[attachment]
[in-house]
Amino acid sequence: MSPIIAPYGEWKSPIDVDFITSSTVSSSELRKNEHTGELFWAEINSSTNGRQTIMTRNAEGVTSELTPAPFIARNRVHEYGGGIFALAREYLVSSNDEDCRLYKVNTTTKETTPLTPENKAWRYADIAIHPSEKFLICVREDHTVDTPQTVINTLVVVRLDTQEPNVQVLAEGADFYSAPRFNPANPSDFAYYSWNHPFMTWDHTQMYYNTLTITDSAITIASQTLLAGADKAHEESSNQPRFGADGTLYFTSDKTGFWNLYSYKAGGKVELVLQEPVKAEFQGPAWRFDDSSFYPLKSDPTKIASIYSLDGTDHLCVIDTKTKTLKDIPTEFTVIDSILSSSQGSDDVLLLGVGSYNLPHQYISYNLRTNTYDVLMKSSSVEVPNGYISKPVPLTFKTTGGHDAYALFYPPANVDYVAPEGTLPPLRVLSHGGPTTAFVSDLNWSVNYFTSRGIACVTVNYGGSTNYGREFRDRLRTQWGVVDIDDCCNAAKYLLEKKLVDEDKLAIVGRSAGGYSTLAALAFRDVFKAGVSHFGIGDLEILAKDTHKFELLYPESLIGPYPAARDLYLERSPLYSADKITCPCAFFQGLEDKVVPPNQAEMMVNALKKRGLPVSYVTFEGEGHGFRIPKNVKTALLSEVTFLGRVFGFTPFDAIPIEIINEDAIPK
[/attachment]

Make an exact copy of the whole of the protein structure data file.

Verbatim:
[in-house]
Amino acid sequence: MSPIIAPYGEWKSPIDVDFITSSTVSSSELRKNEHTGELFWAEINSSTNGRQTIMTRNAEGVTSELTPAPFIARNRVHEYGGGIFALAREYLVSSNDEDCRLYKVNTTTKETTPLTPENKAWRYADIAIHPSEKFLICVREDHTVDTPQTVINTLVVVRLDTQEPNVQVLAEGADFYSAPRFNPANPSDFAYYSWNHPFMTWDHTQMYYNTLTITDSAITIASQTLLAGADKAHEESSNQPRFGADGTLYFTSDKTGFWNLYSYKAGGKVELVLQEPVKAEFQGPAWRFDDSSFYPLKSDPTKIASIYSLDGTDHLCVIDTKTKTLKDIPTEFTVIDSILSSSQGSDDVLLLGVGSYNLPHQYISYNLRTNTYDVLMKSSSVEVPNGYISKPVPLTFKTTGGHDAYALFYPPANVDYVAPEGTLPPLRVLSHGGPTTAFVSDLNWSVNYFTSRGIACVTVNYGGSTNYGREFRDRLRTQWGVVDIDDCCNAAKYLLEKKLVDEDKLAIVGRSAGGYSTLAALAFRDVFKAGVSHFGIGDLEILAKDTHKFELLYPESLIGPYPAARDLYLERSPLYSADKITCPCAFFQGLEDKVVPPNQAEMMVNALKKRGLPVSYVTFEGEGHGFRIPKNVKTALLSEVTFLGRVFGFTPFDAIPIEIINEDAIPK